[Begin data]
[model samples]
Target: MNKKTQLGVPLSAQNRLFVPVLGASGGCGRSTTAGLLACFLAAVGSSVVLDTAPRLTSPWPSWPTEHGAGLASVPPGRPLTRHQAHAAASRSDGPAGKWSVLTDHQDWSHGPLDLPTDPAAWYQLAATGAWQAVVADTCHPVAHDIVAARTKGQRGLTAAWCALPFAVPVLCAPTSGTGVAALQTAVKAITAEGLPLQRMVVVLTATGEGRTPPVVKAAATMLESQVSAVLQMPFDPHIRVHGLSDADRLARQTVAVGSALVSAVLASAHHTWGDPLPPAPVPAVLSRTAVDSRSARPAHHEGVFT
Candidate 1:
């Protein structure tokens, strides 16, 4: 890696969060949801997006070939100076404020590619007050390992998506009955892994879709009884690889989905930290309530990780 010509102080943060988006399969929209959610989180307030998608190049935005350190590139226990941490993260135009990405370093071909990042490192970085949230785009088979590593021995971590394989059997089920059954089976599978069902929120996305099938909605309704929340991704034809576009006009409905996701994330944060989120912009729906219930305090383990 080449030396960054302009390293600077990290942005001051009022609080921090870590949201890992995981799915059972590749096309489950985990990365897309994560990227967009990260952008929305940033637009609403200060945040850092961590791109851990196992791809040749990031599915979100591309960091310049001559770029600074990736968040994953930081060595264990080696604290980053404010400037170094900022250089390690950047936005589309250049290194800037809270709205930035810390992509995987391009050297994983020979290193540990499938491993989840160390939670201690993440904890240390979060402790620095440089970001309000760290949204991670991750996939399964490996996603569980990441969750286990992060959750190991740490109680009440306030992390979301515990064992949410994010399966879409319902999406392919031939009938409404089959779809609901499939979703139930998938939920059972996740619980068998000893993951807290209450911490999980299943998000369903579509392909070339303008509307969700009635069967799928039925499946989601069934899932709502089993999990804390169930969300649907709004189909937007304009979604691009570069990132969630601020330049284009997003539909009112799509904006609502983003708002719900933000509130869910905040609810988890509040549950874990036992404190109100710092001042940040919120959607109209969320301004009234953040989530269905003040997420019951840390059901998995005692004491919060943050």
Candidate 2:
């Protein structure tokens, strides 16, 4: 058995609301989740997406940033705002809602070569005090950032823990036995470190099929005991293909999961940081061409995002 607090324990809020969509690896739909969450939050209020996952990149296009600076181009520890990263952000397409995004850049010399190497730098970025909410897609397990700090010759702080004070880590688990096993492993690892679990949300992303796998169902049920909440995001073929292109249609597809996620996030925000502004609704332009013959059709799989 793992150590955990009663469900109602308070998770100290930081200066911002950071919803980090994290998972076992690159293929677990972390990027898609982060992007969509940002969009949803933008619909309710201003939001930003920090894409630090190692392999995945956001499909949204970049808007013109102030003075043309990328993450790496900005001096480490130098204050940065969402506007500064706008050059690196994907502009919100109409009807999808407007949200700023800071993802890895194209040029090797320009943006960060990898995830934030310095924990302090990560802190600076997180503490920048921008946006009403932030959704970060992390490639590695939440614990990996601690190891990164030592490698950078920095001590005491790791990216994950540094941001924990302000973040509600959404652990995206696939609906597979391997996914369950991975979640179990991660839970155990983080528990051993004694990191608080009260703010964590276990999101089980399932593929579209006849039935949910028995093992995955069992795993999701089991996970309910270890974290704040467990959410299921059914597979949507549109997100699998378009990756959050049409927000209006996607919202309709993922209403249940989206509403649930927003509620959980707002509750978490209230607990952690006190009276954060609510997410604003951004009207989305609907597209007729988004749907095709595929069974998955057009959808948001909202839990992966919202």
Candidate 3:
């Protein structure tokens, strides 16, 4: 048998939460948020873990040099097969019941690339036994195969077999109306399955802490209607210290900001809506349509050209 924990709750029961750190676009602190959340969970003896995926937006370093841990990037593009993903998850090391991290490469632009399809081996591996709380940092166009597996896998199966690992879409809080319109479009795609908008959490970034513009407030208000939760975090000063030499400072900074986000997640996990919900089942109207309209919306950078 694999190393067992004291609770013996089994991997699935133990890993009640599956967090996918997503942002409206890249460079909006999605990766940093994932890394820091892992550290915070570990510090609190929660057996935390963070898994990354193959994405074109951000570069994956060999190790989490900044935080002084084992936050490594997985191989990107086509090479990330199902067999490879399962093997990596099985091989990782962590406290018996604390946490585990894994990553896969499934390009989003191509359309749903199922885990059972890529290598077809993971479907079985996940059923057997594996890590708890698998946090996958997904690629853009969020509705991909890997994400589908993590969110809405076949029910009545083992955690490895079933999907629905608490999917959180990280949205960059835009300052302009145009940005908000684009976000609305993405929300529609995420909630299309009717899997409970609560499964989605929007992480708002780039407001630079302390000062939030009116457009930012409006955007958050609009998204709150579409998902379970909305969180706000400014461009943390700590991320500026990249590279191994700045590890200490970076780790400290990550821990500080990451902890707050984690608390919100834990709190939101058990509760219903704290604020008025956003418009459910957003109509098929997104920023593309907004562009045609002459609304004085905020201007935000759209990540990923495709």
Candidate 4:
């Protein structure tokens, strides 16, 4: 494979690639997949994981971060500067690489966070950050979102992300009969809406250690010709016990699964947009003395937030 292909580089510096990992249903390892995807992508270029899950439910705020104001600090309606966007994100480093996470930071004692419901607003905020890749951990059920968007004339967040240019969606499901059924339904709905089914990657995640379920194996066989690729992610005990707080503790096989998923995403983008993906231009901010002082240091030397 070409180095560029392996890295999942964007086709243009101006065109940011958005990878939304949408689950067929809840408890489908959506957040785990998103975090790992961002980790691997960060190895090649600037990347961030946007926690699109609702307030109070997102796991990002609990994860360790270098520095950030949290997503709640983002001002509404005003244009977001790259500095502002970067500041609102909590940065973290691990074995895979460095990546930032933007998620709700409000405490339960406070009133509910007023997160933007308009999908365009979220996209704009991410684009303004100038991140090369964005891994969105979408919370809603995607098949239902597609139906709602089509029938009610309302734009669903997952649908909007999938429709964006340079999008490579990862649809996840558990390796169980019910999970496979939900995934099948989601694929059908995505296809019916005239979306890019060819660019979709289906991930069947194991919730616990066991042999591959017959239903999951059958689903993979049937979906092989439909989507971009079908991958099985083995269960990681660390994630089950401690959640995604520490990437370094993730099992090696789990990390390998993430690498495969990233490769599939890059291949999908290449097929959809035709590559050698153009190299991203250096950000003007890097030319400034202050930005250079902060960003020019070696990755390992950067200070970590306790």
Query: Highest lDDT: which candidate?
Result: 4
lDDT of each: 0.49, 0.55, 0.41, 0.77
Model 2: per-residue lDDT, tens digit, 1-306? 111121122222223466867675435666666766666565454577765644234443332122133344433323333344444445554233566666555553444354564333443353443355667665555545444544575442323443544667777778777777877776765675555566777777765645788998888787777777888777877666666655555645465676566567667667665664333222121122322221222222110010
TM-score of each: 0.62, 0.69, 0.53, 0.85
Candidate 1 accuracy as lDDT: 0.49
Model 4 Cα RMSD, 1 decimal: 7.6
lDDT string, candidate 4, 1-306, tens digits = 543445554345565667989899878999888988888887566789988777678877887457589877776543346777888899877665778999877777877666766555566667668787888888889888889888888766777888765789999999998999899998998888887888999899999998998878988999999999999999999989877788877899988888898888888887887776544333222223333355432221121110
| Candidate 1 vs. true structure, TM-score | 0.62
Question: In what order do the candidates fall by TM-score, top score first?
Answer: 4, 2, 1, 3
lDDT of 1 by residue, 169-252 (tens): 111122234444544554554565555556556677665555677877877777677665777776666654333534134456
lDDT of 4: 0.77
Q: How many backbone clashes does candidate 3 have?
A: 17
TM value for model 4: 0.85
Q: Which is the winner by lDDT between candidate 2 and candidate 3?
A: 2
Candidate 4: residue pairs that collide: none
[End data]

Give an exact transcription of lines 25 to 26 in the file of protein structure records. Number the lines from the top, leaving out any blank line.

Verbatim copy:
A: 17
TM value for model 4: 0.85